Make Pocket Money Equal

Why we must inspire money confidence in our daughters – and how

By Cathy Reay

Cathy Reay

Cathy Reay writes about disability, accessibility and single parenting for the likes of The Guardian, The i and Metro UK

Talking to kids about money is incredibly important – but it’s even more crucial for girls’ financial future than for boys’. Teaching girls to be assertive when it comes to asking for more money, and making sure they’re given the same amount of pocket money as boys, is key to providing a solid foundation from which they can feel confident to challenge their salaries and gender discrimination as adults.

Not teaching girls how to be confident around money – or giving them less than boys – can normalise lower ‘pay’ for girls, contribute to negative feelings of self-worth and, as adults, make it more difficult for them to request and receive pay rises.

Aside from money matters at home, educationally we tend to encourage boys to be interested in maths and science, which will have a direct impact on their understanding of money and ability to calculate and budget effectively as they mature. Whereas we usually encourage girls to invest their energy in creative subjects, which, if they then choose a career in that field, they could be paid a lot less. Even within the creative sector, because of the gender pay gap, women are still paid less than men.

Part of the reason women could be paid less than their male counterparts is because we simply don’t ask for more. Research has shown that women are more reluctant to try to negotiate higher salaries than men. In one Harvard study, half the recent MBA graduates who were men were comfortable negotiating their salaries, compared to just one eighth of women.

Part of the reason women could be paid less than their male counterparts is because we simply don’t ask

However, it’s important to note that part of the reason women probably don’t request a pay increase is because they’re much more aware of how that could play out for them. According to the Harvard Business Review, “Women get a nervous feeling about negotiating for higher pay because they are intuiting — correctly — that self-advocating for higher pay would present a socially difficult situation for them — more so than for men.”

Society is quick to brand women as ‘difficult’ or ‘bossy’, so it’s not surprising that women feel fear in entering these conversations. Will it create a negative working environment? Will it stop the business from considering me for that promotion I want next year? The possible negative outcomes of asking for more are scary, and so many of us simply don’t ask.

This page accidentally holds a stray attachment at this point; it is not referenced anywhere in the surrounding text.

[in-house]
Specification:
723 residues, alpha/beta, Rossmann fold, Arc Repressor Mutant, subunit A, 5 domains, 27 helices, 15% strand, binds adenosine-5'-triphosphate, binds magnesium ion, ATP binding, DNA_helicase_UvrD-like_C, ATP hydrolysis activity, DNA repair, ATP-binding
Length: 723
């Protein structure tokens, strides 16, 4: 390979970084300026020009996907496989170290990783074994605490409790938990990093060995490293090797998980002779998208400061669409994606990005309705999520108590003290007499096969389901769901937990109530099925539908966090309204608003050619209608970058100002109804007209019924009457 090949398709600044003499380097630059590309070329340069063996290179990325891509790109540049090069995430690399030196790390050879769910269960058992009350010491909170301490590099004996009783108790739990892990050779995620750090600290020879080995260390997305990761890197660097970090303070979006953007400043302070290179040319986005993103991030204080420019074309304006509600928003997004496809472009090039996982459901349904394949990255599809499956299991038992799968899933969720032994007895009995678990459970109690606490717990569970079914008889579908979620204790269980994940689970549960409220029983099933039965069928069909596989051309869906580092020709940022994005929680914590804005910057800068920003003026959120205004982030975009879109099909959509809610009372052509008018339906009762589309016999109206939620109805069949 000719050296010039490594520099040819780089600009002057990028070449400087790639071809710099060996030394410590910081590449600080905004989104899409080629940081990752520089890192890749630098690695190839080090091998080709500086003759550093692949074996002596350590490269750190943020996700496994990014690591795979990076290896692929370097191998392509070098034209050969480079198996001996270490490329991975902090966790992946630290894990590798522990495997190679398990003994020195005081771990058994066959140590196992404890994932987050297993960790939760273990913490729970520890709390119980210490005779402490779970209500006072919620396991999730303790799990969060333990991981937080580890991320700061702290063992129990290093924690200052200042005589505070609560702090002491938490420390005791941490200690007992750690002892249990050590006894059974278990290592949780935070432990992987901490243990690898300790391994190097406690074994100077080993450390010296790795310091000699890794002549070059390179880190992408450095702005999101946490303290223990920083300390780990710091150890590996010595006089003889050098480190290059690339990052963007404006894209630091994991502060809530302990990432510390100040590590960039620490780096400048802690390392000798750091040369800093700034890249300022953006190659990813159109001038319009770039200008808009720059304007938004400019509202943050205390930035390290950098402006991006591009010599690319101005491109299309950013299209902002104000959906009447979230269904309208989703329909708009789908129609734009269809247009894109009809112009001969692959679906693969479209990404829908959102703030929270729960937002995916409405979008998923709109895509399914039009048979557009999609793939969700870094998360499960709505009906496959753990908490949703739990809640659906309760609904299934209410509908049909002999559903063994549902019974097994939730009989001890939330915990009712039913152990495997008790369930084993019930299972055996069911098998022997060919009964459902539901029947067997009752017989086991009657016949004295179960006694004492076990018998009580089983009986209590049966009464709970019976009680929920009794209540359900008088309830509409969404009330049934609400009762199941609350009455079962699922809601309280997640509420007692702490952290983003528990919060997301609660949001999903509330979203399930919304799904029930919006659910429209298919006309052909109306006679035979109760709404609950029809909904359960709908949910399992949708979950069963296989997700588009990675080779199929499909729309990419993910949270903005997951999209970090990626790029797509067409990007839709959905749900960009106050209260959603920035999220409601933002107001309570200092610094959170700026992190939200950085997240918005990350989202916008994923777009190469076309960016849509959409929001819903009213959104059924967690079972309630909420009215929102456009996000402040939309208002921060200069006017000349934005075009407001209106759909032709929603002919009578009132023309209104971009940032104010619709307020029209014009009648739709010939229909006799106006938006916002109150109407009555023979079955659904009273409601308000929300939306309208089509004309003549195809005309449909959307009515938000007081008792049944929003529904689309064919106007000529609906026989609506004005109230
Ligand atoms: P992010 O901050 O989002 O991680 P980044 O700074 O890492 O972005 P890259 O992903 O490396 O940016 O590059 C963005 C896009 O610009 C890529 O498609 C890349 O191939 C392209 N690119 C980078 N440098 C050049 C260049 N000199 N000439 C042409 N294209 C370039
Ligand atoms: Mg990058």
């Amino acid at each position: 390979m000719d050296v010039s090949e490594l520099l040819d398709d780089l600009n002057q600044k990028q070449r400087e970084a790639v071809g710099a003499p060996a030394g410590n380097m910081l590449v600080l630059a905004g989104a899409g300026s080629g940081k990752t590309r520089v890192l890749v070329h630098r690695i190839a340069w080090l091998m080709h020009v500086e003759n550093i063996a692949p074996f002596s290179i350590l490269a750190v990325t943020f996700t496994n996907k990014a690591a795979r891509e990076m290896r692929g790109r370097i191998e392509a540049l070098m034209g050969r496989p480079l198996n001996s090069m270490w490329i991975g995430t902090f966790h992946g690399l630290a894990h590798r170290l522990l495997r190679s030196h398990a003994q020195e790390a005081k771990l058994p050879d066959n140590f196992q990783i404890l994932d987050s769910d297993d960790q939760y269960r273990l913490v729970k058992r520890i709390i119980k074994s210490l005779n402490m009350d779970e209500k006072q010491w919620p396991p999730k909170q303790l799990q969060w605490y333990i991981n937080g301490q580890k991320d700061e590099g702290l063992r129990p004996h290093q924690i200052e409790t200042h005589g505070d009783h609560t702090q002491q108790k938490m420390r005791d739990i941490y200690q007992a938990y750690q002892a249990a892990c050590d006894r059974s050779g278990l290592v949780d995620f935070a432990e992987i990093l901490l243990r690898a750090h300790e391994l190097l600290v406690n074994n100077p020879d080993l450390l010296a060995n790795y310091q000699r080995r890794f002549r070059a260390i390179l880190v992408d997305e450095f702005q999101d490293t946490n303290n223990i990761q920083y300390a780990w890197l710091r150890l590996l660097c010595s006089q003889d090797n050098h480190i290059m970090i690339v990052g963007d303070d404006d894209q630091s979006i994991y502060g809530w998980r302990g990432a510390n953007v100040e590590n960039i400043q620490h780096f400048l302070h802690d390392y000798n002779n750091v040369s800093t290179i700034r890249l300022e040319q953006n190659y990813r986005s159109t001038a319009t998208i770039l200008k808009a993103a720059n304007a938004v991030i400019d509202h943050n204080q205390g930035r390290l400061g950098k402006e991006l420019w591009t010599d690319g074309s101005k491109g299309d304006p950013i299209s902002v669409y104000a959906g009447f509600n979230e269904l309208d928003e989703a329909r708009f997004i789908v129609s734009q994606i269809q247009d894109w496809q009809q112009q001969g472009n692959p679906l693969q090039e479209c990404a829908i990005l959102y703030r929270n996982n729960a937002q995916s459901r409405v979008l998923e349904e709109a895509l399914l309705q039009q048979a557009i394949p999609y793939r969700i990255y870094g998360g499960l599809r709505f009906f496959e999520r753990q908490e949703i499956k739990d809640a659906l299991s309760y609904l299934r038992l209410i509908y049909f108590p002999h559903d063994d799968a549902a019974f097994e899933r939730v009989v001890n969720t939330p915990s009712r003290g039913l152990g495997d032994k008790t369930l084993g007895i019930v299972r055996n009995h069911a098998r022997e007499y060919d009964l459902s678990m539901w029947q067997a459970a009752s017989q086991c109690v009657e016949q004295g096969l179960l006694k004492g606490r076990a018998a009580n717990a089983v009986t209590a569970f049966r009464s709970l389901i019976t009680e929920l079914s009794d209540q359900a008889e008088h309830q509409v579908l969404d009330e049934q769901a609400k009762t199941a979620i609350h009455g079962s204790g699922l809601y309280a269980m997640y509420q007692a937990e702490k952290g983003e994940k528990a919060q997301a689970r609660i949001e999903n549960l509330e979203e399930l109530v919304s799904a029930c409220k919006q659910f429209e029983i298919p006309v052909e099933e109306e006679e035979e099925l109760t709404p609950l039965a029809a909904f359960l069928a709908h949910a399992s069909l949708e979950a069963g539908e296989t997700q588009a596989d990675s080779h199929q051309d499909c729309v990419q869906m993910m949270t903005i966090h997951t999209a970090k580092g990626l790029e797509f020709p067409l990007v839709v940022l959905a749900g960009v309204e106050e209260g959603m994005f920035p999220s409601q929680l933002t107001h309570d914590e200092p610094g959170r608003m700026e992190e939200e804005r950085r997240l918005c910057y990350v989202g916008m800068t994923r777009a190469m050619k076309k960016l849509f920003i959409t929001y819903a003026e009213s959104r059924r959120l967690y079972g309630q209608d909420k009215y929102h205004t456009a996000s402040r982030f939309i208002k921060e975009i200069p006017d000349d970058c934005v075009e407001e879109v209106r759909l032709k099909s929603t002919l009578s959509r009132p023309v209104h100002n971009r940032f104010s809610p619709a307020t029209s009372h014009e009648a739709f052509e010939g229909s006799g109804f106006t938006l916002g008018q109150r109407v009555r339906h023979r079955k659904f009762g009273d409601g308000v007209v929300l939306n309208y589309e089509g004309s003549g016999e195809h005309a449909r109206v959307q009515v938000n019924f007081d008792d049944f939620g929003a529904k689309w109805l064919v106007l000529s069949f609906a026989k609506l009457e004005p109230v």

So what’s the answer? Well, awareness is the first step, then it’s about figuring out what works for your family. Here are some ideas from my home:

  • Walk through simple maths money problems step-by-step, encouraging and praising them for their calculations (even when they get the answer wrong!): “Well done, £4, you’re almost there. The original goal was £8, how much more do we need?”
  • Trust them to manage their own money, while you regain control, by using Starling Kite. The debit card and app for kids helps them learn about money in a practical way and you can set limits in your own app, while keeping a watchful eye on their spending.
  • Don’t give boys more just because they ask for it or because they sign up to more laborious tasks. Work out a way of distributing pocket money that is fair and makes your daughters feel just as valued.
  • Avoid using language like ‘loud’, ‘demanding’ and ‘bossy’ when talking about girls and money matters. This may contribute to them wanting to withdraw and doubt their abilities to manage their own money.
awareness is the first step, then it’s about figuring out what works for your family.

Closing the gender pay gap is a complex issue and one that won’t be solved simply by equally dividing children’s pocket money. It’s about building solid foundations for your child(ren), no matter their gender, so they can feel confident talking about money, identifying unfair pay situations and negotiating better outcomes for themselves. After all, money talks.

We’re on a mission to Make Pocket Money Equal. Find out more.